Wednesday, June 22, 2022
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Lower drinking age could mean safer consumption

In 1984, Congress passed the National Minimum Drinking Age Act, which changed the national legal alcohol purchase and consumption age to 21. Though states were not required to comply, those which did not change the drinking age to 21 were threatened with losing 10 percent of their federal highway money.

Though the act successfully reduced traffic fatalities related to drunk driving accidents, underage drinking has not stopped.

According to the National Center on Addiction and Substance Abuse, underage drinking accounts for 17.5 percent ($22.5 billion) of consumer spending for alcohol in the U.S.

Lowering the drinking age to 18 would allow 18-to-20-year-olds to consume alcohol safely in regulated environments, with supervision. Since the drinking age is 21, underage college students often consume alcohol in unsupervised spaces, such as house parties, where binge drinking and other drug use occurs.

Lowering the drinking age would also reduce the number of alcohol-related accidents among underage drinkers. Many underage drinkers will not seek medical attention, no matter how severe injuries may be, because they fear the legal consequences of their actions.

At age 18, citizens are allowed to vote, purchase tobacco, be prosecuted as adults and serve the country, so why can they not be allowed to purchase and consume alcohol?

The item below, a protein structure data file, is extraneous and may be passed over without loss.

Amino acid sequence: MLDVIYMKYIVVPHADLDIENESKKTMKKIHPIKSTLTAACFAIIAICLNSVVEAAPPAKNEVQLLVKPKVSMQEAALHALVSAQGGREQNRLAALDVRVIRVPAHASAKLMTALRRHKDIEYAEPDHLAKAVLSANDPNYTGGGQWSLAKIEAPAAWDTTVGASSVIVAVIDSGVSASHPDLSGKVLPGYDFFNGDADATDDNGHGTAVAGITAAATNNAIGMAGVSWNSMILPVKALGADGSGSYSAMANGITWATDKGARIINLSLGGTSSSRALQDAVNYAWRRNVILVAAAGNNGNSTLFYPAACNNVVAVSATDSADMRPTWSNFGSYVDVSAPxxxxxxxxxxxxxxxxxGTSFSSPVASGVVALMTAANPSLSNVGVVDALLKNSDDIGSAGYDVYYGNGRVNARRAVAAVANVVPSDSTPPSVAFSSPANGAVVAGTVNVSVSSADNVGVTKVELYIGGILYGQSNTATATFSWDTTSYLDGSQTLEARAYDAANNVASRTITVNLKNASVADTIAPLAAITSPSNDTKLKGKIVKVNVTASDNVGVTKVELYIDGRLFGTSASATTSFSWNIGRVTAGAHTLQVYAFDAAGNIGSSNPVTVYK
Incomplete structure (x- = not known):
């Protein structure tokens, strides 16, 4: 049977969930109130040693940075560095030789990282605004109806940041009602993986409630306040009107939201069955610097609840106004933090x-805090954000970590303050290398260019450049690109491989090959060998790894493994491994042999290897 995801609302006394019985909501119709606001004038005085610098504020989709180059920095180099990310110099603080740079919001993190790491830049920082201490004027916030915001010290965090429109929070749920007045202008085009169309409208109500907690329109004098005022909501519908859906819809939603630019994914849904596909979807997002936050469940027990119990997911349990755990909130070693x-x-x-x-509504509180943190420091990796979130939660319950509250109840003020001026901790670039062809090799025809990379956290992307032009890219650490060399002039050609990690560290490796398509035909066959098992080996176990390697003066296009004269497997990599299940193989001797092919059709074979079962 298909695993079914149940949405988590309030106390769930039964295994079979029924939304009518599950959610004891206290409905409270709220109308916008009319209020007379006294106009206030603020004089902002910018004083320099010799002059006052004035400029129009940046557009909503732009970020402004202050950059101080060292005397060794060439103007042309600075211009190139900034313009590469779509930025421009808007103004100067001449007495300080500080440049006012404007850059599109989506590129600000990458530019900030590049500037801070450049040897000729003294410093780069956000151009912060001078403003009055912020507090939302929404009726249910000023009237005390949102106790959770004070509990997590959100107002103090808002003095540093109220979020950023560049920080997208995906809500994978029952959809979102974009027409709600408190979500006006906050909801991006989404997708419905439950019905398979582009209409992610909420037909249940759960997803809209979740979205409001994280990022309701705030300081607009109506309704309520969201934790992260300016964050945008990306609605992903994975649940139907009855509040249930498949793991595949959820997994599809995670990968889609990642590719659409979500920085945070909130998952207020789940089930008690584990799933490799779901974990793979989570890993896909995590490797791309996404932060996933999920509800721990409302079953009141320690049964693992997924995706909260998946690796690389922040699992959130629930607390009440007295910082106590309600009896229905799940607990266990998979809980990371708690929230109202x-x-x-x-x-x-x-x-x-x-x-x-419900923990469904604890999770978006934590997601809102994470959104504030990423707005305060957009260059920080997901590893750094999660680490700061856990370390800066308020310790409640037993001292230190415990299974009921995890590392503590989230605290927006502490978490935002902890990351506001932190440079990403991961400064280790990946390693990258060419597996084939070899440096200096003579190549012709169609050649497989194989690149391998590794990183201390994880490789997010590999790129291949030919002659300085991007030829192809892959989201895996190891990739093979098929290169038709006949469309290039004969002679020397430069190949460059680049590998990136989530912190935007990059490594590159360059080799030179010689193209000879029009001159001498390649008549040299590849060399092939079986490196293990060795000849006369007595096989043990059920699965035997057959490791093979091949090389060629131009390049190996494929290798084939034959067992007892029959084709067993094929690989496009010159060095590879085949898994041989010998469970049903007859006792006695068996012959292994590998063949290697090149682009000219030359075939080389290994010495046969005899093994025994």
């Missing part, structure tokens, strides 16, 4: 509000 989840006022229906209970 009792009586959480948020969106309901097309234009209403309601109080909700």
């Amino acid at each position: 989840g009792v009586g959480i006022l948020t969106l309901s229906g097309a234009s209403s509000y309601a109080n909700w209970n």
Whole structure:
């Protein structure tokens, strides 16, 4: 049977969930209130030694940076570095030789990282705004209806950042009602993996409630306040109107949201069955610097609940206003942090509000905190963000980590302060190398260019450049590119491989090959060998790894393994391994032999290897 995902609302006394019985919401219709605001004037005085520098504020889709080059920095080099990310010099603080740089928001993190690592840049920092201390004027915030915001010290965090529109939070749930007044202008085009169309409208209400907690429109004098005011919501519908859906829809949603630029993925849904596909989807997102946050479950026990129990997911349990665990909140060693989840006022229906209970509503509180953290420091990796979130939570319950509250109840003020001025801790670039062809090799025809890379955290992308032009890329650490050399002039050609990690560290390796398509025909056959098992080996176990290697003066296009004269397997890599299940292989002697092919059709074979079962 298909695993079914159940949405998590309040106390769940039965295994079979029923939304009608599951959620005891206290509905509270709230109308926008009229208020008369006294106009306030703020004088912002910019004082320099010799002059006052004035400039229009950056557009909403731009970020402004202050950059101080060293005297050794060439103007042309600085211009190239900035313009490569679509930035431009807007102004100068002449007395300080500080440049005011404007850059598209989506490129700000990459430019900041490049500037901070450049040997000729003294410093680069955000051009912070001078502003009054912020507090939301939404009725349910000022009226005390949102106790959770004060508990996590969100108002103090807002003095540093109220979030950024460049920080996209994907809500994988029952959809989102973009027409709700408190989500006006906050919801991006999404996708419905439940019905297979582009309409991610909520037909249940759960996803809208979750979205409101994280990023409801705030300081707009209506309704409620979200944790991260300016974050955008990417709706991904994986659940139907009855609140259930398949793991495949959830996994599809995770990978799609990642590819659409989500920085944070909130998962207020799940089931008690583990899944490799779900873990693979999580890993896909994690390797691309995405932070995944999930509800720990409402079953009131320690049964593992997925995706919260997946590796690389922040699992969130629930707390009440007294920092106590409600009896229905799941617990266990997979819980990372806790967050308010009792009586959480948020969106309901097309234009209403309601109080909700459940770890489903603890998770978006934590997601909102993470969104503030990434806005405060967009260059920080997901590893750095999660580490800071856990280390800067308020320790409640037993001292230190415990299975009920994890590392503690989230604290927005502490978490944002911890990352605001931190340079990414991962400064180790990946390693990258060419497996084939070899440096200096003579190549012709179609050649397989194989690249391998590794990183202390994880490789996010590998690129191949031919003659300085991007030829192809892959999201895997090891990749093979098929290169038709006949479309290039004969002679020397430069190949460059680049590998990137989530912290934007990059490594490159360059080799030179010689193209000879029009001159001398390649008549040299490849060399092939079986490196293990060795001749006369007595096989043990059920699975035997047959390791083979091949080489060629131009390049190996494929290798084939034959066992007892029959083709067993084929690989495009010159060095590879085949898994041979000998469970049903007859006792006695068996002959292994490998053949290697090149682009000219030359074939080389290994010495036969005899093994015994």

If the drinking age was lowered, alcohol consumption could be less taboo for adults between ages 18 and 20. Alcohol could become a more integral part of American culture, making young adults less prone to drink excessively as an act of rebellion towards the currently implemented law.

In many European countries, the legal drinking age is 18 or lower, and minors are not as compelled to drink excessively because moderated drinking is part of the culture. Even though raising the drinking age in the U.S. caused a decline in traffic fatalities, the percentage of traffic fatalities in the U.S. is still higher than some European countries where the legal drinking age is less than 21.

Whether or not the drinking age is lowered, it is still difficult for the government to enforce the legal drinking age. Many law enforcement agencies consider enforcing the drinking age a low priority due to limited resources.

A 1995 study published in the Public Health Report found that only two of approximately every 1,000 occasions of illegal drinking resulted in arrests.

Underage drinking will occur no matter what the legal drinking age is, and lowering the drinking age to 18 will ultimately lead to safer consumption habits for young adults.

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